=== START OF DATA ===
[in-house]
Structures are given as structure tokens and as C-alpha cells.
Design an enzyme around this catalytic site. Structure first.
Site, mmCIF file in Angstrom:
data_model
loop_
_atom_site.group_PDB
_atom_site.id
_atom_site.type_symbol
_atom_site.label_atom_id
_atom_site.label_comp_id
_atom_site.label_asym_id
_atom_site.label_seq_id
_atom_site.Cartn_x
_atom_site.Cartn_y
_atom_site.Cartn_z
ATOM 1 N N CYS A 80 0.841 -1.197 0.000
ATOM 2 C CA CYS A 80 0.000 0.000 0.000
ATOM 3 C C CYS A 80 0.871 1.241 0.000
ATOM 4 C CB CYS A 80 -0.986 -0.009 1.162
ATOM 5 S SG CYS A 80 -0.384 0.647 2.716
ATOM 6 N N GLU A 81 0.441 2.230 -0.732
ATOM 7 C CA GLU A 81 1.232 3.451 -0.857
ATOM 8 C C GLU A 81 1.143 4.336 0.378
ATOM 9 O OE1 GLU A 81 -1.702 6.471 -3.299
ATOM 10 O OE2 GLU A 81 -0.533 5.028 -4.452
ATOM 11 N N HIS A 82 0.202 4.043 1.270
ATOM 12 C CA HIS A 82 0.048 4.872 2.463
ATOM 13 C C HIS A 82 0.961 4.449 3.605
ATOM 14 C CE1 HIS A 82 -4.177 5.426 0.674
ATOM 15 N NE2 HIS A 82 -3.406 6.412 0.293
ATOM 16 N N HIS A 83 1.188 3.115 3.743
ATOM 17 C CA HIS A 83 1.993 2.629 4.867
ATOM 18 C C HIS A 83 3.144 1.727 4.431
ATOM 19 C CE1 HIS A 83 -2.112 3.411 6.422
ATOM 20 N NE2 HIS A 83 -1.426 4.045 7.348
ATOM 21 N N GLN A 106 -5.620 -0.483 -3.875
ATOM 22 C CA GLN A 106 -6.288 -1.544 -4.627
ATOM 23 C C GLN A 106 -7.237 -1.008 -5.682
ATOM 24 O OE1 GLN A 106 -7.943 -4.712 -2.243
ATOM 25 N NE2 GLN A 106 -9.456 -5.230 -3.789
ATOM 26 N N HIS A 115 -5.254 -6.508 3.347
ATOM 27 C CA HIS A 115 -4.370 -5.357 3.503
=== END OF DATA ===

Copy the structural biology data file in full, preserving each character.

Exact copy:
[in-house]
Structures are given as structure tokens and as C-alpha cells.
Design an enzyme around this catalytic site. Structure first.
Site, mmCIF file in Angstrom:
data_model
loop_
_atom_site.group_PDB
_atom_site.id
_atom_site.type_symbol
_atom_site.label_atom_id
_atom_site.label_comp_id
_atom_site.label_asym_id
_atom_site.label_seq_id
_atom_site.Cartn_x
_atom_site.Cartn_y
_atom_site.Cartn_z
ATOM 1 N N CYS A 80 0.841 -1.197 0.000
ATOM 2 C CA CYS A 80 0.000 0.000 0.000
ATOM 3 C C CYS A 80 0.871 1.241 0.000
ATOM 4 C CB CYS A 80 -0.986 -0.009 1.162
ATOM 5 S SG CYS A 80 -0.384 0.647 2.716
ATOM 6 N N GLU A 81 0.441 2.230 -0.732
ATOM 7 C CA GLU A 81 1.232 3.451 -0.857
ATOM 8 C C GLU A 81 1.143 4.336 0.378
ATOM 9 O OE1 GLU A 81 -1.702 6.471 -3.299
ATOM 10 O OE2 GLU A 81 -0.533 5.028 -4.452
ATOM 11 N N HIS A 82 0.202 4.043 1.270
ATOM 12 C CA HIS A 82 0.048 4.872 2.463
ATOM 13 C C HIS A 82 0.961 4.449 3.605
ATOM 14 C CE1 HIS A 82 -4.177 5.426 0.674
ATOM 15 N NE2 HIS A 82 -3.406 6.412 0.293
ATOM 16 N N HIS A 83 1.188 3.115 3.743
ATOM 17 C CA HIS A 83 1.993 2.629 4.867
ATOM 18 C C HIS A 83 3.144 1.727 4.431
ATOM 19 C CE1 HIS A 83 -2.112 3.411 6.422
ATOM 20 N NE2 HIS A 83 -1.426 4.045 7.348
ATOM 21 N N GLN A 106 -5.620 -0.483 -3.875
ATOM 22 C CA GLN A 106 -6.288 -1.544 -4.627
ATOM 23 C C GLN A 106 -7.237 -1.008 -5.682
ATOM 24 O OE1 GLN A 106 -7.943 -4.712 -2.243
ATOM 25 N NE2 GLN A 106 -9.456 -5.230 -3.789
ATOM 26 N N HIS A 115 -5.254 -6.508 3.347
ATOM 27 C CA HIS A 115 -4.370 -5.357 3.503